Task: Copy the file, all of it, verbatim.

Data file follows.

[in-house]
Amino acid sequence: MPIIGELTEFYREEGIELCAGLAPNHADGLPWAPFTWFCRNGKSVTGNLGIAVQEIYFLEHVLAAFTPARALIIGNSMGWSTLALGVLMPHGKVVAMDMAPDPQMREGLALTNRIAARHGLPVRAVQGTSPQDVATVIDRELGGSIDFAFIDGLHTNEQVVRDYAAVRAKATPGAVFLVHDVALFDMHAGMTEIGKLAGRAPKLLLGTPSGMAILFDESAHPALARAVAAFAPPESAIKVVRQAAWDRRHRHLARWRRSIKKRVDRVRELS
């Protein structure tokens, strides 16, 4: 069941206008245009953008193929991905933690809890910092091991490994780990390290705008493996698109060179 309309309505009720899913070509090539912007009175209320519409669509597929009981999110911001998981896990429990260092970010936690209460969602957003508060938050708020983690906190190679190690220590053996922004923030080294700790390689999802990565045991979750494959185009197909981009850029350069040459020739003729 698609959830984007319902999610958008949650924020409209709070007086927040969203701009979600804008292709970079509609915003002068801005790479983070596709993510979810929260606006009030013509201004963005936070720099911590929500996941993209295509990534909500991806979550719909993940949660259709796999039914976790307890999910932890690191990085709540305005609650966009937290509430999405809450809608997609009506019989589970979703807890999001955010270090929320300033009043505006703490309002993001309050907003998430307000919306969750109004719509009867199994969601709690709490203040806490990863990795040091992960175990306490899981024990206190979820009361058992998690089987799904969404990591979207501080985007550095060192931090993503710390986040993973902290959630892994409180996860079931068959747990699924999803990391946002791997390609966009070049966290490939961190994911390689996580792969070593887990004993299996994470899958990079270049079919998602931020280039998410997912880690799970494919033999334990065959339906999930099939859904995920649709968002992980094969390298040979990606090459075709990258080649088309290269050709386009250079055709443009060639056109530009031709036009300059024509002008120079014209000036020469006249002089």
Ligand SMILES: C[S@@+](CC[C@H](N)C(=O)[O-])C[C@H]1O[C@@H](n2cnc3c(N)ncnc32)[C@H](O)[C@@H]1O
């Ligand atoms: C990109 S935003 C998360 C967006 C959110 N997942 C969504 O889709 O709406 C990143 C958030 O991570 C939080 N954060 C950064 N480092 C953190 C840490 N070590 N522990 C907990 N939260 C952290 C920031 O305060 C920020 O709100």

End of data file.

[in-house]
Amino acid sequence: MPIIGELTEFYREEGIELCAGLAPNHADGLPWAPFTWFCRNGKSVTGNLGIAVQEIYFLEHVLAAFTPARALIIGNSMGWSTLALGVLMPHGKVVAMDMAPDPQMREGLALTNRIAARHGLPVRAVQGTSPQDVATVIDRELGGSIDFAFIDGLHTNEQVVRDYAAVRAKATPGAVFLVHDVALFDMHAGMTEIGKLAGRAPKLLLGTPSGMAILFDESAHPALARAVAAFAPPESAIKVVRQAAWDRRHRHLARWRRSIKKRVDRVRELS
């Protein structure tokens, strides 16, 4: 069941206008245009953008193929991905933690809890910092091991490994780990390290705008493996698109060179 309309309505009720899913070509090539912007009175209320519409669509597929009981999110911001998981896990429990260092970010936690209460969602957003508060938050708020983690906190190679190690220590053996922004923030080294700790390689999802990565045991979750494959185009197909981009850029350069040459020739003729 698609959830984007319902999610958008949650924020409209709070007086927040969203701009979600804008292709970079509609915003002068801005790479983070596709993510979810929260606006009030013509201004963005936070720099911590929500996941993209295509990534909500991806979550719909993940949660259709796999039914976790307890999910932890690191990085709540305005609650966009937290509430999405809450809608997609009506019989589970979703807890999001955010270090929320300033009043505006703490309002993001309050907003998430307000919306969750109004719509009867199994969601709690709490203040806490990863990795040091992960175990306490899981024990206190979820009361058992998690089987799904969404990591979207501080985007550095060192931090993503710390986040993973902290959630892994409180996860079931068959747990699924999803990391946002791997390609966009070049966290490939961190994911390689996580792969070593887990004993299996994470899958990079270049079919998602931020280039998410997912880690799970494919033999334990065959339906999930099939859904995920649709968002992980094969390298040979990606090459075709990258080649088309290269050709386009250079055709443009060639056109530009031709036009300059024509002008120079014209000036020469006249002089």
Ligand SMILES: C[S@@+](CC[C@H](N)C(=O)[O-])C[C@H]1O[C@@H](n2cnc3c(N)ncnc32)[C@H](O)[C@@H]1O
């Ligand atoms: C990109 S935003 C998360 C967006 C959110 N997942 C969504 O889709 O709406 C990143 C958030 O991570 C939080 N954060 C950064 N480092 C953190 C840490 N070590 N522990 C907990 N939260 C952290 C920031 O305060 C920020 O709100």